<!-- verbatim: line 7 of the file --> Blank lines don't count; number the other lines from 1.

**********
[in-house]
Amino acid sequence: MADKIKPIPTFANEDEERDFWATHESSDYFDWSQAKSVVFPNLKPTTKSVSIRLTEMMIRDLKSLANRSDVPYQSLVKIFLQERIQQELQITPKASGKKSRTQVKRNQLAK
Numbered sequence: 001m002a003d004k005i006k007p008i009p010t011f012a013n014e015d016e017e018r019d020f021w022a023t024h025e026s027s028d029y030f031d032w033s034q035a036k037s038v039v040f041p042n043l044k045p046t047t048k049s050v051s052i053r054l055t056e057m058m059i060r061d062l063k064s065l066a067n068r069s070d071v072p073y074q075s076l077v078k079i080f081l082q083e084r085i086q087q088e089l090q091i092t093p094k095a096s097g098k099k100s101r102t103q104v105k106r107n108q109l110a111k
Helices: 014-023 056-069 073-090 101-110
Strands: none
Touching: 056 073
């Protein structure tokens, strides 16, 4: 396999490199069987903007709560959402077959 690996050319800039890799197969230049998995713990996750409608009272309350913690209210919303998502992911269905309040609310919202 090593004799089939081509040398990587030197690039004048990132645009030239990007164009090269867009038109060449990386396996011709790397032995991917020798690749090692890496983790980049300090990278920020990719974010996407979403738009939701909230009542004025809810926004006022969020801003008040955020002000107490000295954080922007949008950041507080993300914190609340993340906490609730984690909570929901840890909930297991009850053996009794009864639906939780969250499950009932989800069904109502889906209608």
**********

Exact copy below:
């Protein structure tokens, strides 16, 4: 396999490199069987903007709560959402077959 690996050319800039890799197969230049998995713990996750409608009272309350913690209210919303998502992911269905309040609310919202 090593004799089939081509040398990587030197690039004048990132645009030239990007164009090269867009038109060449990386396996011709790397032995991917020798690749090692890496983790980049300090990278920020990719974010996407979403738009939701909230009542004025809810926004006022969020801003008040955020002000107490000295954080922007949008950041507080993300914190609340993340906490609730984690909570929901840890909930297991009850053996009794009864639906939780969250499950009932989800069904109502889906209608």